I often hear from ex-coworkers who describe the hell my former workplaces have become. I often wonder if the people who run those companies really are proud of turning good people into wage slaves who despise the very company they work for and don’t think particularly kind thoughts about that company’s leadership.
I admire the hell out of what Google is trying to do, creating a place that rewards accomplishment and thinks about the well-being of its employees. Although these things are easy when things are going well, they can become nearly impossible when they conflict with the goal of profitability. But I’m not talking perks or entitlements. I’m talking about treating employees the way you would like to be treated. Part of this is to insure the employees have pride in the company they work for and that the company has pride in its work. Loyalty has a value, but it also has a price, and that price is respect for your employees and coworkers.
Resolution 3: Creating Demand Through Marketing Excellence
Much of the problem with financial performance in the technology segment can be blamed on the lack of demand generation. The iPod is the exception. Even though the products Apple is best known for are sliding, this new offering has catapulted the firm onto the front pages, done amazing things to its market valuation, and engendered pride in Apple’s employees. This is the power of demand generation done right.
So much of what we have in the market today seems targeted at promoting celebrities or differentiating brands in simplistic ways. Advertising isn’t about winning awards for cinematography or spending the most in the least amount of time at the Super Bowl. It’s about selling products, and measurements should focus on that. Even if you are dominant in a segment, it is important to continue to remind your customers of the good aspects of your products and services or they will take them for granted and focus on the problems — undoubtedly helped in that effort by your competitors and detractors.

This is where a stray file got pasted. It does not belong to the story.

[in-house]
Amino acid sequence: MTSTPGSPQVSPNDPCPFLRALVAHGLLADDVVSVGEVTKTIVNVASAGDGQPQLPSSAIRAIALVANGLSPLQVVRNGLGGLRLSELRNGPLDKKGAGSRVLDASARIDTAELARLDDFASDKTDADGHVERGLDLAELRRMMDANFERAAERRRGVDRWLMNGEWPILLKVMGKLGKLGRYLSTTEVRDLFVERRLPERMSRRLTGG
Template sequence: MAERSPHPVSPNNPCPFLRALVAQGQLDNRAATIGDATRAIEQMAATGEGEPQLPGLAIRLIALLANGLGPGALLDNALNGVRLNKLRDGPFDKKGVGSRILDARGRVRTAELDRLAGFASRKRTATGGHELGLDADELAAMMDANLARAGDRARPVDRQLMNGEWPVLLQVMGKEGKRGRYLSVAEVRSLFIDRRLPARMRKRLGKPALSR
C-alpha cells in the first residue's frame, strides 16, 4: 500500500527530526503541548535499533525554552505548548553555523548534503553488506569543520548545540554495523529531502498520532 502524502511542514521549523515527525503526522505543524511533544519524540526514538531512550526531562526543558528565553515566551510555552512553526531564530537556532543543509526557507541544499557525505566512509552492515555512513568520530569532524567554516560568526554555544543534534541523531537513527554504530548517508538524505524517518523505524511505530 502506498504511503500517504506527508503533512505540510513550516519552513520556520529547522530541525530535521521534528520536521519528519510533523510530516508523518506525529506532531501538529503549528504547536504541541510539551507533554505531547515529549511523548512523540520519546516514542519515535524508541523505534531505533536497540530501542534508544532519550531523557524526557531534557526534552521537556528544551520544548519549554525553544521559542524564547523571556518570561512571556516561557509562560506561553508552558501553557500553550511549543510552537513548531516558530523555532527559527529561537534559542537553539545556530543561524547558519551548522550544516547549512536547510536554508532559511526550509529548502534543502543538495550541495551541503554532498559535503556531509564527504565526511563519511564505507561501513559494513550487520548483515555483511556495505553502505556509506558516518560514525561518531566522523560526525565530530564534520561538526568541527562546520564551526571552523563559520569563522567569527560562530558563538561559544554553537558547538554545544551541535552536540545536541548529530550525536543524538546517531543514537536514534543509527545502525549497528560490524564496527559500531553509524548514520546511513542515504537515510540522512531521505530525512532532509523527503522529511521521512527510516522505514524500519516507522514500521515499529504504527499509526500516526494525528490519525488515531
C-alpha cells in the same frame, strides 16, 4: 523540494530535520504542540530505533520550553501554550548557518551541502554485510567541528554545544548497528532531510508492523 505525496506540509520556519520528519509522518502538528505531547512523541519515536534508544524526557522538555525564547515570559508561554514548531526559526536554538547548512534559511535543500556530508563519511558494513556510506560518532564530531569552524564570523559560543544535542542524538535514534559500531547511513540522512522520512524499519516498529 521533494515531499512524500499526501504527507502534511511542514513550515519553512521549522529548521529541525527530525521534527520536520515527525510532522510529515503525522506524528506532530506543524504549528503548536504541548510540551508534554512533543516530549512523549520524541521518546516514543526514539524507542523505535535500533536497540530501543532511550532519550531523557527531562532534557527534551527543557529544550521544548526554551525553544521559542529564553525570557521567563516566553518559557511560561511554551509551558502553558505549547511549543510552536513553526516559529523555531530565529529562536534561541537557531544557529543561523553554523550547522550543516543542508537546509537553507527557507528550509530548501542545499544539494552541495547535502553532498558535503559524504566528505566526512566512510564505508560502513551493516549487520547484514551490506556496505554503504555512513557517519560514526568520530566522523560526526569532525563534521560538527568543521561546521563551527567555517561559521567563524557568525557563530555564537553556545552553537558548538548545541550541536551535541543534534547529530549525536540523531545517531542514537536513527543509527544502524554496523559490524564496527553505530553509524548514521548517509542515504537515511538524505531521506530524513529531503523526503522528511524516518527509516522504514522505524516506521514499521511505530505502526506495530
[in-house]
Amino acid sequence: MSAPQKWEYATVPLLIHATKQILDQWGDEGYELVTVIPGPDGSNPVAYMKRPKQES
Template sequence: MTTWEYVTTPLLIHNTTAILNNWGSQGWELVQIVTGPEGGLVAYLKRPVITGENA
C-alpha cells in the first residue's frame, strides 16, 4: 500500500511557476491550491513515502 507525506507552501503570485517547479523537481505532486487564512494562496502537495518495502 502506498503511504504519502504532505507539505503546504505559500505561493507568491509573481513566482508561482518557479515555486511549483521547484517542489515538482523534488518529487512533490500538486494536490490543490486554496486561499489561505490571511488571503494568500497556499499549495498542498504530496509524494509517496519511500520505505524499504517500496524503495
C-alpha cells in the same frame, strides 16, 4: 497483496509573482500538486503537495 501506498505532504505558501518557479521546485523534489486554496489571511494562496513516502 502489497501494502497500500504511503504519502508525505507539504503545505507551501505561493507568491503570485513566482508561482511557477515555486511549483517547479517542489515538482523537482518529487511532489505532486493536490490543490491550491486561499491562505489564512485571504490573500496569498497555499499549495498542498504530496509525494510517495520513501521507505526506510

I was once told a story about the CEO of the dominant confection company at the turn of the last century. He was on a train with a college student, who asked why the CEO continued to fund advertising since the firm already dominated its industry. The CEO, one of the richest men in the world at that time, responded, “Since the train is already at top speed, why do the engineers continue to feed it with coal?” In my experience, understanding this simple lesson explains why so many companies have fallen from positions of dominance. If you are not promoting your products to your existing and prospective customers, maybe you should refocus your efforts.
Maybe it’s time we all worked to make our companies more successful and our family of coworkers less dysfunctional. If we can get rid of all of the griefers, I think we’ll all be a lot happier and more successful.
Have a wonderful new year, and take it from a kid who never grew up: Focus on finding a little fun in everything you do. Maybe that’s the most important resolution of all.
Rob Enderle, a TechNewsWorld columnist, is the Principal Analyst for the Enderle Group, a consultancy that focuses on personal technology products and trends.